About This Chapter
Who's it for?
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- Have fallen behind in understanding the jurisdiction and structure of court systems and constitutional checks and balances.
- Need an efficient way to learn about the federal judicial system.
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- Missed class time and need to catch up.
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How it works:
- Start at the beginning, or identify the topics that you need help with.
- Watch and learn from fun videos, reviewing as needed.
- Refer to the video transcripts to reinforce your learning.
- Test your understanding of each lesson with short quizzes.
- Submit questions to one of our instructors for personalized support if you need extra help.
- Verify you're ready by completing The Federal Judicial System chapter exam.
Why it works:
- Study Efficiently: Skip what you know, review what you don't.
- Retain What You Learn: Engaging animations and real-life examples make topics easy to grasp.
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Students will review:
In this chapter, you'll learn the answers to questions including:
- How are the U.S. federal and state court systems structured?
- What influence do judicial activism and review have on courts' abilities to set policies?
- How do legal appeals make their way to the Supreme Court?
- What are the main checks and balances that affect the Supreme Court?
- How do appellate and original jurisdiction differ?
- What's the process for choosing federal and U.S. Supreme Court judges?
- How do interest groups use strategic litigation to effect policies?
1. The State Court System of the United States: Definition & Structure
The United States has two separate court systems: the federal and the state. Each state has its own set of state courts. This lesson explains state courts, including the structure and jurisdiction of state court systems.
2. The Power of the Federal Judiciary: Sources & Consequences
Federal judges and Supreme Court justices make their decisions using different rationales and theories. This lesson explores the power of the federal judiciary, including a discussion of judicial review and judicial activism.
3. The Federal Court System of the United States: Definition, Structure & Levels
The United States has two separate court systems: the federal and the state. This lesson explores the federal court system of the Unites States, including its structure and jurisdiction.
4. Judicial Decision Making: Steps & Participants
A case will go through several steps before it can reach the U.S. Supreme Court. This lesson explains the participants, steps, and decision making involved in the appellate process. We will examine how a case can end up in the U.S. Supreme Court.
5. Constitutional Checks & Balances on the Power of the Supreme Court: Definition & Examples
Our federal government is divided into three branches. Each of the three branches holds certain checks and balances on the other two branches. This lesson explores the major checks and balances on the power of the United States Supreme Court.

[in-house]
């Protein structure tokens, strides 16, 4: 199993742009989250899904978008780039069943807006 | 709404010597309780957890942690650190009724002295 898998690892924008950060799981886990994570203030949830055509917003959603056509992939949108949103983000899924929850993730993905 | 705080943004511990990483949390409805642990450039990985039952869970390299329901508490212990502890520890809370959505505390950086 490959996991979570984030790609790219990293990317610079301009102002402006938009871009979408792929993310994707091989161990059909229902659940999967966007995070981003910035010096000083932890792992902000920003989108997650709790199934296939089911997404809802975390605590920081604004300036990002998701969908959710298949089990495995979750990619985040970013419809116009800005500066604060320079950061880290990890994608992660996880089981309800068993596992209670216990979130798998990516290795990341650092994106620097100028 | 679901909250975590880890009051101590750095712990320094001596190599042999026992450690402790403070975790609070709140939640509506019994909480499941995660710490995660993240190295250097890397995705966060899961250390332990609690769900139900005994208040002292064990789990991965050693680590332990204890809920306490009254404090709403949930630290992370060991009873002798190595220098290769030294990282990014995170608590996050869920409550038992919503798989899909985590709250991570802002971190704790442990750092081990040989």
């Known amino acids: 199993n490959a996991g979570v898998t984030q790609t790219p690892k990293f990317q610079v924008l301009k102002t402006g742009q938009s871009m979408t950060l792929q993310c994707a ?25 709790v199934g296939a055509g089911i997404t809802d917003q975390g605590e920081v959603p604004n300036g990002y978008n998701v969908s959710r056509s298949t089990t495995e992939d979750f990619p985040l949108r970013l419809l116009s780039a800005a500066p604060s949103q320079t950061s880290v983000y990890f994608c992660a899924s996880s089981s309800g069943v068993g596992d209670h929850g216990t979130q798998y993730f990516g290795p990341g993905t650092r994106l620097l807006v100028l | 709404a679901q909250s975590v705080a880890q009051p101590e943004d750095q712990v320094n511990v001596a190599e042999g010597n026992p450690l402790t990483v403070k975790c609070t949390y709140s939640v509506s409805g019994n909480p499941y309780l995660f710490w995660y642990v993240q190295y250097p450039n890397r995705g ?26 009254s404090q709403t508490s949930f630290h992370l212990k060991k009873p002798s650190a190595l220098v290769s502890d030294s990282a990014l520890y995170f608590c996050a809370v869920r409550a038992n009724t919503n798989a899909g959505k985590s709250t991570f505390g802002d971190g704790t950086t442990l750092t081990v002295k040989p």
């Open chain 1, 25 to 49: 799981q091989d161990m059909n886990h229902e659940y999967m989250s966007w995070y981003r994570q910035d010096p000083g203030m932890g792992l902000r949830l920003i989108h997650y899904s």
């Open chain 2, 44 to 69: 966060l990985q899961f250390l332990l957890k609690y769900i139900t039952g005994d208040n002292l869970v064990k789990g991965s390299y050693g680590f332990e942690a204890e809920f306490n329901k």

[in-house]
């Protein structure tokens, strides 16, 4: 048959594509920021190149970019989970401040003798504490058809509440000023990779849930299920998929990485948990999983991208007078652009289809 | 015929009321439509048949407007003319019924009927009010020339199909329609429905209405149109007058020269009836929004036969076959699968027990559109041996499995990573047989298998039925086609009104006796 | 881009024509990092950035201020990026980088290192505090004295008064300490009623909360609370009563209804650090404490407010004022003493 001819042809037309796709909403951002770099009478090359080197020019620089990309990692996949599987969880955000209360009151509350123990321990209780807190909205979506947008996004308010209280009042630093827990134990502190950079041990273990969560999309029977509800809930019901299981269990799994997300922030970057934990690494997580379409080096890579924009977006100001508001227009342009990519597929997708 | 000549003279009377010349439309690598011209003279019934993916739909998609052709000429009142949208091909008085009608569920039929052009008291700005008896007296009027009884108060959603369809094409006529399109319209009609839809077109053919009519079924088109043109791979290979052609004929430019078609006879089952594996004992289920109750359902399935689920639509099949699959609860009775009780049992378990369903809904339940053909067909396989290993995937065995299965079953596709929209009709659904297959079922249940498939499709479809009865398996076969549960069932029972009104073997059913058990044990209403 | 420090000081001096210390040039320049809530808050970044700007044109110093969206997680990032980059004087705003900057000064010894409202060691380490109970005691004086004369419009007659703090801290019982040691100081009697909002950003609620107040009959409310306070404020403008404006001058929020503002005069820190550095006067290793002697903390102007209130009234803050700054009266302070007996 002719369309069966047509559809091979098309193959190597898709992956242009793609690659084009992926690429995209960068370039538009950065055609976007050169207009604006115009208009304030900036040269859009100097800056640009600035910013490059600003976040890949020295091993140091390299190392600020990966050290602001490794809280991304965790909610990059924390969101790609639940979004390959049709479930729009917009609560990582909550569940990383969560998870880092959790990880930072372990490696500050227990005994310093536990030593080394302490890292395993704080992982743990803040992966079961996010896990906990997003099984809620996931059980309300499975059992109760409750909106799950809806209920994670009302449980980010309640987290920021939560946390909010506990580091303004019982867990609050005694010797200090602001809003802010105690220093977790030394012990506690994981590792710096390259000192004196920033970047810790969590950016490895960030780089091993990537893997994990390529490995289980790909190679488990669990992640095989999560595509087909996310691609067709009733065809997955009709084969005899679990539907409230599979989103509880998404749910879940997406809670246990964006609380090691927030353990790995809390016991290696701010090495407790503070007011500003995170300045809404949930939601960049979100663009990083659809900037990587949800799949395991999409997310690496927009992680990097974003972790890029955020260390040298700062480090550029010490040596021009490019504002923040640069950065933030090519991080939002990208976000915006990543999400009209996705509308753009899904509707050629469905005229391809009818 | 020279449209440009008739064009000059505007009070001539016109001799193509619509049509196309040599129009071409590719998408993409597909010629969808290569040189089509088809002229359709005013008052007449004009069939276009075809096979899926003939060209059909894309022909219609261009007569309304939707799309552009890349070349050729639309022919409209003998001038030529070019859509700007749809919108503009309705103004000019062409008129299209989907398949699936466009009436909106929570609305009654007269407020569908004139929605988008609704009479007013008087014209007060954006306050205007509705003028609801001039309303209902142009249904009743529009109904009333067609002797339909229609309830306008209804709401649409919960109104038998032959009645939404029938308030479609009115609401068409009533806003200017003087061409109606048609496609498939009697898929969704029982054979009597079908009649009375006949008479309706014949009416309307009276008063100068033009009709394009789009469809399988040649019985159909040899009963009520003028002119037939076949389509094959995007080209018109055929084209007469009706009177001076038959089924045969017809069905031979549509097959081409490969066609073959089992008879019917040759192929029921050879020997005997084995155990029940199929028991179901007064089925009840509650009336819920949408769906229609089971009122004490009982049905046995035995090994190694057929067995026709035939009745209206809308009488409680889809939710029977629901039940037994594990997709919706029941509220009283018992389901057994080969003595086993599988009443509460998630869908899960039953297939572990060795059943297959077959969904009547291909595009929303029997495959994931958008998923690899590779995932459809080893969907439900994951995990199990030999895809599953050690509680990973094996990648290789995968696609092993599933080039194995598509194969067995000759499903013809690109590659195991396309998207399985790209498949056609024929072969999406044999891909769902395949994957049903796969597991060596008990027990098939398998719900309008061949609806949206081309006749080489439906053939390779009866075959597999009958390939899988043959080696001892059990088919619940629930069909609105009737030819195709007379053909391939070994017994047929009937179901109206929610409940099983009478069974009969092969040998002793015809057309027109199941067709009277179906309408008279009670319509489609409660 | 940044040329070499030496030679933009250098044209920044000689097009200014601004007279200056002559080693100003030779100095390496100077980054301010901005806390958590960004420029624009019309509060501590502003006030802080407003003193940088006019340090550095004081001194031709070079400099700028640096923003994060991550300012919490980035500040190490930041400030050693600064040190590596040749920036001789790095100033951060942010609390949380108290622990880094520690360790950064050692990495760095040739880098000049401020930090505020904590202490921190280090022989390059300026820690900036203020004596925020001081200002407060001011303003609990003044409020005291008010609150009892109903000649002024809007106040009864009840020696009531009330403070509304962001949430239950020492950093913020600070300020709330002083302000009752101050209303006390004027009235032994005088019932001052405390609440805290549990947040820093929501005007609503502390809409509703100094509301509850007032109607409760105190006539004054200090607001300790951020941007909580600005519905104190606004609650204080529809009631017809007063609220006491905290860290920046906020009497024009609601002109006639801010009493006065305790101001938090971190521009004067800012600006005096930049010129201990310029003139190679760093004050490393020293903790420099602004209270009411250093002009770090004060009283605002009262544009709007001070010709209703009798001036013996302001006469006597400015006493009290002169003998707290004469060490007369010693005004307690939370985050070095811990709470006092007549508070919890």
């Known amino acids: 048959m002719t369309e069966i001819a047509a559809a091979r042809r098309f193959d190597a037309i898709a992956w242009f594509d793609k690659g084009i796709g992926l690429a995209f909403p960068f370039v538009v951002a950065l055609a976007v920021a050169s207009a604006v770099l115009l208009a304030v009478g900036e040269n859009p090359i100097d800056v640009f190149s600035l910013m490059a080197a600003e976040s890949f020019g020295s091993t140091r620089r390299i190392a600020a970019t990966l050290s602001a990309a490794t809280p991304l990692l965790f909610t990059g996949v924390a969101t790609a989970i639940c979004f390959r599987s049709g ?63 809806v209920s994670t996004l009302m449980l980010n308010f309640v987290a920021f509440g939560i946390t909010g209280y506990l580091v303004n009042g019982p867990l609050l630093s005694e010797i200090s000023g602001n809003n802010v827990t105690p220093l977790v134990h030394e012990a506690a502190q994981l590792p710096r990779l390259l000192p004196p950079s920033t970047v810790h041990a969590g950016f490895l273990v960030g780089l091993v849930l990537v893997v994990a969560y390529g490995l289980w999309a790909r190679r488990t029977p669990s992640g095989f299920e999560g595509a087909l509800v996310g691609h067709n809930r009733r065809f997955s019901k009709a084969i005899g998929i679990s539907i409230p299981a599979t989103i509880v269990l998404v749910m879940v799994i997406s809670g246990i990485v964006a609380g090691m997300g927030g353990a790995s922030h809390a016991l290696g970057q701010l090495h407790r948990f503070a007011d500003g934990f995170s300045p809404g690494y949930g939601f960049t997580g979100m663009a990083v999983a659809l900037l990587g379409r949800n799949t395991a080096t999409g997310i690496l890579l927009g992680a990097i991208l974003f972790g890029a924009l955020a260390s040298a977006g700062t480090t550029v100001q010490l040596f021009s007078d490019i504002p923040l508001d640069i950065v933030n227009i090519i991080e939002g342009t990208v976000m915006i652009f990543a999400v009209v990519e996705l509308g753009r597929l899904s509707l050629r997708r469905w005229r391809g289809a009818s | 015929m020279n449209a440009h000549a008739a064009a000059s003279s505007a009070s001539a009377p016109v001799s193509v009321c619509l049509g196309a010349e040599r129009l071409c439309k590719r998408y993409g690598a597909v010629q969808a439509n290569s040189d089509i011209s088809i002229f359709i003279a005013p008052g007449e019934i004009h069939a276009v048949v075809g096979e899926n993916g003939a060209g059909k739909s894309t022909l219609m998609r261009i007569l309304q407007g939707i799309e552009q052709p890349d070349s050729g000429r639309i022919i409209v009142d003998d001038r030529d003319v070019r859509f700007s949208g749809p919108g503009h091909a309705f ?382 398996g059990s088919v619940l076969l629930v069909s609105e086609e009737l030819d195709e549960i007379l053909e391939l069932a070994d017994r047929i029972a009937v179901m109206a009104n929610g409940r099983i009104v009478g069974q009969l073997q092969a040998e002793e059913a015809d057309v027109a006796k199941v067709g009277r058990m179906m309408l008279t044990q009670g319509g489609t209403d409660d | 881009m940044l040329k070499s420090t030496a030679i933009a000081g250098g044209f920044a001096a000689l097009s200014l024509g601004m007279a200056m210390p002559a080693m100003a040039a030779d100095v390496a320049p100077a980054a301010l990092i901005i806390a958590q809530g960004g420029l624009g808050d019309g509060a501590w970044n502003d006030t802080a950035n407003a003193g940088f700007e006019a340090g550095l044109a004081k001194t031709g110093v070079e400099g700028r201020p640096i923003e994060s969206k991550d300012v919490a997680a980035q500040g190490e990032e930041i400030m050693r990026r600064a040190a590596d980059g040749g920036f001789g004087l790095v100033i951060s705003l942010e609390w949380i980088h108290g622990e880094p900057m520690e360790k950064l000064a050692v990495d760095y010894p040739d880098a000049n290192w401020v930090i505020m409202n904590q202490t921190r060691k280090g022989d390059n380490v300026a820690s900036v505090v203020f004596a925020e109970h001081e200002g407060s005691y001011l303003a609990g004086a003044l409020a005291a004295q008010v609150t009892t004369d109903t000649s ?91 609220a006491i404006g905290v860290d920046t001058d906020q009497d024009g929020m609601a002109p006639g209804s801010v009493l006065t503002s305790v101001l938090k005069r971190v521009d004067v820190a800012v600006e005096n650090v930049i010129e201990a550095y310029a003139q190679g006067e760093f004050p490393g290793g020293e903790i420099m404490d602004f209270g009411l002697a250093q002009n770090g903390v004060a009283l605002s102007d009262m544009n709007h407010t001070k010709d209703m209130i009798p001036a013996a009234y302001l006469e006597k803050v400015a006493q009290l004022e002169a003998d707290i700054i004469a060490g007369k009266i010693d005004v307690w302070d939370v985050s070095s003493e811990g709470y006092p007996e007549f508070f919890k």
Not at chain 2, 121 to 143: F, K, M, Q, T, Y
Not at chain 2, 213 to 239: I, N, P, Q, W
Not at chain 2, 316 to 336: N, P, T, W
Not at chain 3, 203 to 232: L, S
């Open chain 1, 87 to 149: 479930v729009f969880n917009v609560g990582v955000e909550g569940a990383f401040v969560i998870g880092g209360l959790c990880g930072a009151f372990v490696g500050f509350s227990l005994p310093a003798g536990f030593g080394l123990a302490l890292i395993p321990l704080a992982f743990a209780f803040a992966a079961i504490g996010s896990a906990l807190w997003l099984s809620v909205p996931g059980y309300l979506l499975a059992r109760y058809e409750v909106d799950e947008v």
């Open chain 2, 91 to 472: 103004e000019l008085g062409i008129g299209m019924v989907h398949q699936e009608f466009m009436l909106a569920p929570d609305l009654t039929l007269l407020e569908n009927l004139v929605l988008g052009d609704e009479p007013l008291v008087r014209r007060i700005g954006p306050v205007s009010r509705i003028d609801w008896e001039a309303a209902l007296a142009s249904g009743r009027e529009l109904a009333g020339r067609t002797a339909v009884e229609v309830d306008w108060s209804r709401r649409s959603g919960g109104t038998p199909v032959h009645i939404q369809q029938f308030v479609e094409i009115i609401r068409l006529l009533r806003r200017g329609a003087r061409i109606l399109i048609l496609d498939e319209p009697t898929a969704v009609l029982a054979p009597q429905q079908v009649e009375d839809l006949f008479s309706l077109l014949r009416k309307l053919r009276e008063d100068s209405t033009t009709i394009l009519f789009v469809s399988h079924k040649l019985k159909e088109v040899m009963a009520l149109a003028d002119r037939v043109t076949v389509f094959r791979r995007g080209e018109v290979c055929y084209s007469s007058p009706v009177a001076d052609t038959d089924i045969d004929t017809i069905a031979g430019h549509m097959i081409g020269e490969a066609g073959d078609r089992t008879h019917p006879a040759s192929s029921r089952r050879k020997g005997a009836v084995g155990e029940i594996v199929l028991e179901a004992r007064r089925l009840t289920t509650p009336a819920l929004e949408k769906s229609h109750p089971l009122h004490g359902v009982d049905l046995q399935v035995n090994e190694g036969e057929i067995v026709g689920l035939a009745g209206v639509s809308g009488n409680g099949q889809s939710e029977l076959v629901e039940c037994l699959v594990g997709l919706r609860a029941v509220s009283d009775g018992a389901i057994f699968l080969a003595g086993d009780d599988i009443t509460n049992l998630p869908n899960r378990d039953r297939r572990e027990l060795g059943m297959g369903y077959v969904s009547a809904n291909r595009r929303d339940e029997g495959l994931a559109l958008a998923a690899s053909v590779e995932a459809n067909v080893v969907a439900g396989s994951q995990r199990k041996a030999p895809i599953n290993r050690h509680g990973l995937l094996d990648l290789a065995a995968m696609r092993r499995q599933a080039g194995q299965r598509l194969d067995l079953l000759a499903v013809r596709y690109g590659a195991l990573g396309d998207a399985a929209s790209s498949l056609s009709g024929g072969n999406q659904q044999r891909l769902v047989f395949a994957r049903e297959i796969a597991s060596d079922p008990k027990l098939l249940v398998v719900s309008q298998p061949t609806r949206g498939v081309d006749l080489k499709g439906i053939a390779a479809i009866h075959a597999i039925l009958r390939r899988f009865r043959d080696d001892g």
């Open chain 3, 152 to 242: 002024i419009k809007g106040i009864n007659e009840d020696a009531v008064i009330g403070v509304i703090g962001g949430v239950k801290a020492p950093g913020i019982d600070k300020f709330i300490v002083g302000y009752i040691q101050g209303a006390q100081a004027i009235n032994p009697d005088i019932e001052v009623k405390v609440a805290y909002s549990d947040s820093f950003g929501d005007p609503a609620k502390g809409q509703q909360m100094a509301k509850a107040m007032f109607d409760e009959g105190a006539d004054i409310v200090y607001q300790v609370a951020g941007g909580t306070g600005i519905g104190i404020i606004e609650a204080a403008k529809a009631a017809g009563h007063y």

6. Original Versus Appellate Jurisdiction: Definition & Differences
Federal courts can have either original jurisdiction or appellate jurisdiction. Some courts have both types of jurisdiction. This lesson explains the difference between original jurisdiction and appellate jurisdiction in the federal court system.
7. The Selection of Supreme Court Justices and Federal Judges: Process & Tenure
All federal judges are appointed by the United States President, and must be confirmed by the U.S. Senate, including the justices of the U.S. Supreme Court. This lesson explains the process of selecting federal judges and their tenure once selected.
8. Interest-Group Litigation Strategies: Ways to Influence Policy
Interest groups achieve their goals through a number of different ways. One strategy uses litigation in order to influence policy. This lesson explains the use of litigation by interest groups.
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Other chapters within the Introduction to Political Science: Help and Review course
- Basic Terms and Concepts of Political Science: Help and Review
- Civil Liberties in Political Science: Help and Review
- Civil Rights in Political Science: Help and Review
- Political Ideologies and Philosophy: Help and Review
- Forms of Government: Help and Review
- Types of Legislatures in Government: Help and Review
- Presidential Elections & Powers: Help and Review
- The Congress: Powers & Elections: Help and Review
- The Federal Bureaucracy in the United States in Political Science: Help and Review
- The History & Role of Political Parties: Help and Review
- Interest Groups in Politics: Help and Review
- Mass Media and Politics: Help and Review
- Political Culture, Public Opinion & Civic Behavior: Help and Review
- Comparative Law: Help and Review
- Public and Social Policy: Help and Review
- Fiscal Policy in Government & the Economy: Help and Review
- Foreign Policy, Defense Policy & Government: Help and Review
- Concepts of International Relations: Help and Review
- International Actors in Political Science: Help and Review
- International Law in Politics: Help and Review
- Global Issues and Politics: Help and Review